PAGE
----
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A budget is useful only if it is adhered to

By a special correspondent

The budget for 2011 provides for an expenditure of Rs1,419.9 billion, an increase over the current year’s budgeted expenditure of Rs1,275 billion revised down to Rs1,201 billion.
The increase over this year’s expenditure is 11%. Since average inflation is 5.4%, the real or inflation adjusted expenditure is an increase of 5.3%.
If this can be achieved in practice, it would be a step towards the prudential management of public finances, something which has gone by default for the last 50 years.
In the President’s first term, the increase was 281% or a 25% average annual increase. So keeping to an 11% increase would certainly be an achievement.

Revenue estimates more realistic
The total revenue is expected to increase to Rs986 billion from the current year’s estimate of Rs812.1 billion, an increase of 21%.
But the government will still run a Current or Revenue account deficit of Rs53 billion.
The golden rule in budgeting is that there should be no deficit in this account for it means borrowing to fund day-to-day operations much like an individual who spends more than he earns as income.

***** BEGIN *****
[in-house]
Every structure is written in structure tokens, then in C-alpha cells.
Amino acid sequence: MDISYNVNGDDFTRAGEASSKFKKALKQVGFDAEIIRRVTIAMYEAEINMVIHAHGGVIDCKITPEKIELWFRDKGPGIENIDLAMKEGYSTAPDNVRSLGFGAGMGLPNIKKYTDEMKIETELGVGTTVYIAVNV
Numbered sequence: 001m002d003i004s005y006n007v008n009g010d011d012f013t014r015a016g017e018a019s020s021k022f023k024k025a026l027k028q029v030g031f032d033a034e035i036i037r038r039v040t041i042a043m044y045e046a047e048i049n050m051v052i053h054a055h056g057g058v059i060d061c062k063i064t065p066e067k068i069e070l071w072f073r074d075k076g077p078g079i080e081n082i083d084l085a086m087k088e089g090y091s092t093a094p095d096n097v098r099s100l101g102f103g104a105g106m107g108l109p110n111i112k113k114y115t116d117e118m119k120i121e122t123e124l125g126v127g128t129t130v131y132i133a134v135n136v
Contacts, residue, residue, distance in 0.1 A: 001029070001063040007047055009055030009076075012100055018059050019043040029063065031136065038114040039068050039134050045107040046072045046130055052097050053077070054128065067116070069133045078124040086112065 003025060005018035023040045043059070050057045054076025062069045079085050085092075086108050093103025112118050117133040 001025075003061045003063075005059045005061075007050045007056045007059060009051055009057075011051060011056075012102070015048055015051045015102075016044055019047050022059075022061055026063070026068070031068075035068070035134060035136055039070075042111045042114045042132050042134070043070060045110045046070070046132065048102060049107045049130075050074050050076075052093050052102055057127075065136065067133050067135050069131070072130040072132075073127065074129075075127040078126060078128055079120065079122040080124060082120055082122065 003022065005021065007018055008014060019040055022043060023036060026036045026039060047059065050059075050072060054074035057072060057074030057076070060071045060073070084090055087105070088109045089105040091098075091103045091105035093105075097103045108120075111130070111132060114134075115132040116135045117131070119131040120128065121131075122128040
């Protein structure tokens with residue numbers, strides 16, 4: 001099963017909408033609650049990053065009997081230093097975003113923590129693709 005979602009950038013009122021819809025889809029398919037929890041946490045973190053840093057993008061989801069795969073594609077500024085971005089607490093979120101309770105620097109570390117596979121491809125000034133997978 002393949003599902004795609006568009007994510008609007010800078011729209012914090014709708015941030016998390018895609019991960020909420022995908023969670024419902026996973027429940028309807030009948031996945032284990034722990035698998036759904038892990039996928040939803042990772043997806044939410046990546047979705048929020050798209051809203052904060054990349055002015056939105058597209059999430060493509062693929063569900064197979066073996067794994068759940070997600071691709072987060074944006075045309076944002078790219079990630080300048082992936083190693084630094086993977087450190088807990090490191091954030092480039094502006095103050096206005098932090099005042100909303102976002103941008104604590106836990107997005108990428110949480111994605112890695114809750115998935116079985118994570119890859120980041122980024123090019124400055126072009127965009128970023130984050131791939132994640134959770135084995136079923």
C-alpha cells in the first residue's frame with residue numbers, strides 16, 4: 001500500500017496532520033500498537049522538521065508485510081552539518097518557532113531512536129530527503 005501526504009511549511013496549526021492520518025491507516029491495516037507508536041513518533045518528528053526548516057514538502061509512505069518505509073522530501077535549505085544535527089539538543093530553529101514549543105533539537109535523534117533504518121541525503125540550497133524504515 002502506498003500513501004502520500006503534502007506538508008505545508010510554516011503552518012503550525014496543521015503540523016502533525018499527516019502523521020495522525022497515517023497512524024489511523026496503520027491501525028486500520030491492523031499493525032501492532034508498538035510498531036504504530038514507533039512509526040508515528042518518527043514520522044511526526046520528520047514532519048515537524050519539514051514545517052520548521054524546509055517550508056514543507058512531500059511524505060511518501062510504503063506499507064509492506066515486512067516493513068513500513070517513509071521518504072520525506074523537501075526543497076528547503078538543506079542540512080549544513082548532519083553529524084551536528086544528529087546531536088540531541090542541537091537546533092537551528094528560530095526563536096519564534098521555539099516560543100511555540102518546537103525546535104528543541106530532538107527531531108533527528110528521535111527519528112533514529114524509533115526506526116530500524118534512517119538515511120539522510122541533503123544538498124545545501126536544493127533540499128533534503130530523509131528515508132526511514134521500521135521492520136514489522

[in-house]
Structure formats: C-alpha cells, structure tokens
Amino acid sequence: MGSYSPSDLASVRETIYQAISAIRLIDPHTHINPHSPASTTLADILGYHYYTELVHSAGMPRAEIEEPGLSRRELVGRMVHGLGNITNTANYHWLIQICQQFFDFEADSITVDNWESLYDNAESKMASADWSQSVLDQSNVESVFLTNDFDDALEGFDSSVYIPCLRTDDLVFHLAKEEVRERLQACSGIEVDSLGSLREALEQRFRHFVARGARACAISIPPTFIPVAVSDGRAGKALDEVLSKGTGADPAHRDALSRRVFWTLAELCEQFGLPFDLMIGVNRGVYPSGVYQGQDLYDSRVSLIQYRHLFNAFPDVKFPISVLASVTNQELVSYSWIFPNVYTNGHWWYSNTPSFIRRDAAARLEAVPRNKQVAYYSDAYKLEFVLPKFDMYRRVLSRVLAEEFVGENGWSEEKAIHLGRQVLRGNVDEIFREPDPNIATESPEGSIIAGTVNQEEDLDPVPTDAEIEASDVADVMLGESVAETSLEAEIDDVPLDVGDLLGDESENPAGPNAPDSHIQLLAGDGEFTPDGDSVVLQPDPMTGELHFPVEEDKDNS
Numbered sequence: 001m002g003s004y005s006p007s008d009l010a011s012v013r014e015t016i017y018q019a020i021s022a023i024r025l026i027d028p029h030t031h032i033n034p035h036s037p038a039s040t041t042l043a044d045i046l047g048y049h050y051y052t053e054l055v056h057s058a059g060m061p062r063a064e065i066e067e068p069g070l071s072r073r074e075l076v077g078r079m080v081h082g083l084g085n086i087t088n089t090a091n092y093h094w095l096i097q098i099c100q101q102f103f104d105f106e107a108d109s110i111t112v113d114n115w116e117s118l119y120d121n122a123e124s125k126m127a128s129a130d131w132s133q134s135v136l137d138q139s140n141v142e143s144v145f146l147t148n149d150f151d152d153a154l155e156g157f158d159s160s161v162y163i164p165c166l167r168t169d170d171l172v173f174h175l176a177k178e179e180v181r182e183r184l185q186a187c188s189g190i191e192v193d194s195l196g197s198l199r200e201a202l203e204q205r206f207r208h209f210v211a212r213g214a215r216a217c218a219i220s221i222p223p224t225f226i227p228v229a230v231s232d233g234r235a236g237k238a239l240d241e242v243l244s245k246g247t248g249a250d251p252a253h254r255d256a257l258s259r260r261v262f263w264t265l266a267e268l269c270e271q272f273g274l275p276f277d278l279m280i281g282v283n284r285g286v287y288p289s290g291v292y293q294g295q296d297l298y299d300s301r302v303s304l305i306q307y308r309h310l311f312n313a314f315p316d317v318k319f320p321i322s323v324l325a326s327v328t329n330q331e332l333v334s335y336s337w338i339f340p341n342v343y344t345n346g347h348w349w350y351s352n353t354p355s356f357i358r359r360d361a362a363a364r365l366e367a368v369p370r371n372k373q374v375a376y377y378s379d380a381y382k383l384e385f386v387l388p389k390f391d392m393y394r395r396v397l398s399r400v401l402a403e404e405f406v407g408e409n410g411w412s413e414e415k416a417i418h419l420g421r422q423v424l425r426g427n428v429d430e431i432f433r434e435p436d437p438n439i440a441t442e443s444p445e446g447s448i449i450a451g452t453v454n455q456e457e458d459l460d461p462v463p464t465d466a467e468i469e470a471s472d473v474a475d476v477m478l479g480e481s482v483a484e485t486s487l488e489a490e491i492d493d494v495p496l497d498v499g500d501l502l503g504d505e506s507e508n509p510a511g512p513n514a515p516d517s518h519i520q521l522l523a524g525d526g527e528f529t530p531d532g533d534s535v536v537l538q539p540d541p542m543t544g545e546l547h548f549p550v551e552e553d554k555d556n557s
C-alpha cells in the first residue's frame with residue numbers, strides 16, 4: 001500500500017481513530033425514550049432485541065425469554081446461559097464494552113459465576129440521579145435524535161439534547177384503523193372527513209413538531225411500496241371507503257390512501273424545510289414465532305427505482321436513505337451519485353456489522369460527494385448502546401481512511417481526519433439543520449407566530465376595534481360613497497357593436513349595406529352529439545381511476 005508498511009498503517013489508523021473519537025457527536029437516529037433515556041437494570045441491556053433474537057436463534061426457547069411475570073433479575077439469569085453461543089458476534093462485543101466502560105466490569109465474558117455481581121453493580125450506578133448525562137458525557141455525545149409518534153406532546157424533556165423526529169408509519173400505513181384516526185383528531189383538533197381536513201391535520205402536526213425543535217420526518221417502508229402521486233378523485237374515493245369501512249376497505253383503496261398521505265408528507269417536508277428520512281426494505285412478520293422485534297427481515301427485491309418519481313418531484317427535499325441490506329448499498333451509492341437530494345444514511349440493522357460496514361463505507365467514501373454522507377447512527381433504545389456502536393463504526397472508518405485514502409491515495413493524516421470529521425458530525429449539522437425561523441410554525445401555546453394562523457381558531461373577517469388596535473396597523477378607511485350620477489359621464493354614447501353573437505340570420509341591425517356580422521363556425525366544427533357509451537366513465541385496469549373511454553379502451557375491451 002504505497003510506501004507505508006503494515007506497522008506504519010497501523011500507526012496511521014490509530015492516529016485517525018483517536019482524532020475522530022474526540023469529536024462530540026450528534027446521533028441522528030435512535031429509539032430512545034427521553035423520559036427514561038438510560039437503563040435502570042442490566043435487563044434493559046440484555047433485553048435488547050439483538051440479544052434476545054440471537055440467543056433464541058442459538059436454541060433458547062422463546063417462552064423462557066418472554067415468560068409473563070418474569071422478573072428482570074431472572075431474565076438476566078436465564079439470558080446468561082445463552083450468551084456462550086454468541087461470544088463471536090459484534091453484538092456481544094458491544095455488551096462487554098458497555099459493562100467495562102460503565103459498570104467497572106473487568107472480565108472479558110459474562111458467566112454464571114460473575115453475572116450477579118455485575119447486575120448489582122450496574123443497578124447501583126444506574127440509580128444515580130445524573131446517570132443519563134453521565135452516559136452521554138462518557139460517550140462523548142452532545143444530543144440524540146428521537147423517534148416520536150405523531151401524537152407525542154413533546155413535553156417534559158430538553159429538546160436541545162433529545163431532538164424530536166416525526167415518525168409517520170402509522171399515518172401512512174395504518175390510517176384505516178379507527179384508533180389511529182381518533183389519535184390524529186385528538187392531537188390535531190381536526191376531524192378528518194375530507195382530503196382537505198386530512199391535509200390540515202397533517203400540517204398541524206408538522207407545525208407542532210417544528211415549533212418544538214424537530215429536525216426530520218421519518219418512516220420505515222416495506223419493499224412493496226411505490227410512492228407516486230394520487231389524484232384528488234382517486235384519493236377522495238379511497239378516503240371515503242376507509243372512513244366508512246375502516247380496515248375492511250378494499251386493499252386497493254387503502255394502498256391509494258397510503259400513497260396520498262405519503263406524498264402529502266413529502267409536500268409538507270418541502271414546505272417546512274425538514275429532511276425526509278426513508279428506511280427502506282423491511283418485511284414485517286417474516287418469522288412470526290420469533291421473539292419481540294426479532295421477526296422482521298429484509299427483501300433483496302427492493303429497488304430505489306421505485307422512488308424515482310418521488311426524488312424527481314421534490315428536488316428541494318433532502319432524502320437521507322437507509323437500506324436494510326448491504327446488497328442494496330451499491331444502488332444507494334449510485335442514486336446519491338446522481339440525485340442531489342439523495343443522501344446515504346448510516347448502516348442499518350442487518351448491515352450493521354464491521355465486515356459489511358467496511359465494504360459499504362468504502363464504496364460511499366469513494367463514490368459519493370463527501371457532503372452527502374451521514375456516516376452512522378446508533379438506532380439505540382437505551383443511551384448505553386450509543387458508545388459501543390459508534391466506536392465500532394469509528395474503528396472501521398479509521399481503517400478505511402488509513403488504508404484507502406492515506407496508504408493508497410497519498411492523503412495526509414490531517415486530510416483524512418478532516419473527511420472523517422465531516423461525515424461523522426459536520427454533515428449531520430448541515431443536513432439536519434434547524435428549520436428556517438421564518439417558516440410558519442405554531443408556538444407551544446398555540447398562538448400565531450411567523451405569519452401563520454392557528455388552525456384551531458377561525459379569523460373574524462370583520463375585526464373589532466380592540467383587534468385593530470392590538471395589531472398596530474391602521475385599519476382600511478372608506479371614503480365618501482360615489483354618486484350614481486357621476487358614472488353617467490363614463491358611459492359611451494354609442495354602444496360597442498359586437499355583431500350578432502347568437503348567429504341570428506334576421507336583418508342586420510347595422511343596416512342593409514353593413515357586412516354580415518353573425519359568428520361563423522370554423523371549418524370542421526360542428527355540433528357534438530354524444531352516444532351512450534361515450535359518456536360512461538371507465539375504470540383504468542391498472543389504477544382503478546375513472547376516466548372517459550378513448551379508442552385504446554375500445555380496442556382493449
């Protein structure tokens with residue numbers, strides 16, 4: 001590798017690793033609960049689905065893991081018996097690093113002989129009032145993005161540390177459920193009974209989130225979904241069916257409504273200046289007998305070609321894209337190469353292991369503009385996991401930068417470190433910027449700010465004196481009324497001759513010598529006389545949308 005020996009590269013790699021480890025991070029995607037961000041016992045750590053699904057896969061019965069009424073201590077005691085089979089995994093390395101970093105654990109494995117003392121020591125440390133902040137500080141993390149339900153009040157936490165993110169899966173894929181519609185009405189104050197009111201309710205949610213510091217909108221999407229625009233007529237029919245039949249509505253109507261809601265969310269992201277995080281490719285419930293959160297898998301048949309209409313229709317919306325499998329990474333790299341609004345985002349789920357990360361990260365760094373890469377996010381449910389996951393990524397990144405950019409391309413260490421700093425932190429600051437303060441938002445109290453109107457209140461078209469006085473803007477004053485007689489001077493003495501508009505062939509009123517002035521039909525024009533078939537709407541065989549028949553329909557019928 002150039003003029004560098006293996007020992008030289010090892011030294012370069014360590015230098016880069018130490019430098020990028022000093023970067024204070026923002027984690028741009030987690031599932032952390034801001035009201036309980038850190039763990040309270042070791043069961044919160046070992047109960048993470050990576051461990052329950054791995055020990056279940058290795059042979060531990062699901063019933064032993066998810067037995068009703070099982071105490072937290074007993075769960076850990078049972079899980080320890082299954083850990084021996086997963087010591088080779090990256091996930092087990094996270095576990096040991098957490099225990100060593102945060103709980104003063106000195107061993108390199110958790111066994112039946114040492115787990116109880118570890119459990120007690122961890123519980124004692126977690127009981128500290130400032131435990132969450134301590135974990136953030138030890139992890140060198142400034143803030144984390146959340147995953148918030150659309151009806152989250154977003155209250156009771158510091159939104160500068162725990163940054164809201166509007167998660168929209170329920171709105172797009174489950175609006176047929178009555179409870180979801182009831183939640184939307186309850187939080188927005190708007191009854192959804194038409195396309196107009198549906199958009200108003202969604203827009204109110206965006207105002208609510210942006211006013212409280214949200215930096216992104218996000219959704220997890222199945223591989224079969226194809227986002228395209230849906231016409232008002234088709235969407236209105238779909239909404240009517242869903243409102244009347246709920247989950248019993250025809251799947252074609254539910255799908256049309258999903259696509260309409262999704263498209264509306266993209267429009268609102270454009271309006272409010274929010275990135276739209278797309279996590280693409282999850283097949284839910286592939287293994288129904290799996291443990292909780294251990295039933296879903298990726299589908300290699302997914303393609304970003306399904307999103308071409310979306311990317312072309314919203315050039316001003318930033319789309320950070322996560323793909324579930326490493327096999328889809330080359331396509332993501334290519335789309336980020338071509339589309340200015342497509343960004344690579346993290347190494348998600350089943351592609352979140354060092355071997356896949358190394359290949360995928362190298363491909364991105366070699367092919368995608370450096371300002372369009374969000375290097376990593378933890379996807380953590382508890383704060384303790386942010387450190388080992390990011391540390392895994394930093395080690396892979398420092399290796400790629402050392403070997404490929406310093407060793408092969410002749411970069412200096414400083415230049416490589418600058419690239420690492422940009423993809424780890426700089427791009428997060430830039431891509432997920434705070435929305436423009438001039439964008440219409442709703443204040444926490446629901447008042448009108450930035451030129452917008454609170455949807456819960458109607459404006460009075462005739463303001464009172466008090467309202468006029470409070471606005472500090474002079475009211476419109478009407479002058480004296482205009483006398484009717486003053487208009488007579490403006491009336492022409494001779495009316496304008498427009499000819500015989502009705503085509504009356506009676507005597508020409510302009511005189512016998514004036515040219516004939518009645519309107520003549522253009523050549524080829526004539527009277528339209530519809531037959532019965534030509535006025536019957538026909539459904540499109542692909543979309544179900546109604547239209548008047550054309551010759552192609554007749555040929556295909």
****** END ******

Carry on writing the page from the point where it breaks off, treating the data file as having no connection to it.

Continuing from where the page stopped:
He lives beyond his means. An individual cannot do so for long but a government can.
The government has been running current account deficits since 1988 and such deficits have been increasing from Rs 4 billion in 1988 to 88 billion in 2008.
The projected current account deficit for the current year is Rs113 billion which the government seeks to bring down next year to Rs 53 billion or halve it. Hopefully, it can be achieved.

Capital expenditure
Borrowing should be only for capital expenditure which will increase future income.
Making good investments is a top economic priority, for individuals and for governments.
Borrowing for good investments is NOTHING TO FEAR - political rhetoric notwithstanding. But not borrowing for current consumption which includes paying higher salaries to public employees.
It is true that there is a lot of waste and unnecessary expenditure on ministers and that there is no economic justification to increase the number of ministers or to spend money on expensive displays to celebrate any occasion however important.

In the UK, the Queen plans to have a low-key wedding for royalty because the British government of David Cameron has introduced an austerity budget.
We have difficulties in following such a good example because the people have elected a bunch of opportunists as their Members of Parliament, who have entered politics only for increasing their wealth and incomes.
They have no ethical principles or scruples and the stability of the government depends on buying over their loyalty.

Capital expenditure projects should be evaluated to ascertain the cost versus benefits and only projects showing a surplus should be included in the capital budget.
The principles underlying capital expenditure stress the importance of full cost ascertainment when planning a project, its cost benefit analysis, financing, and risk management.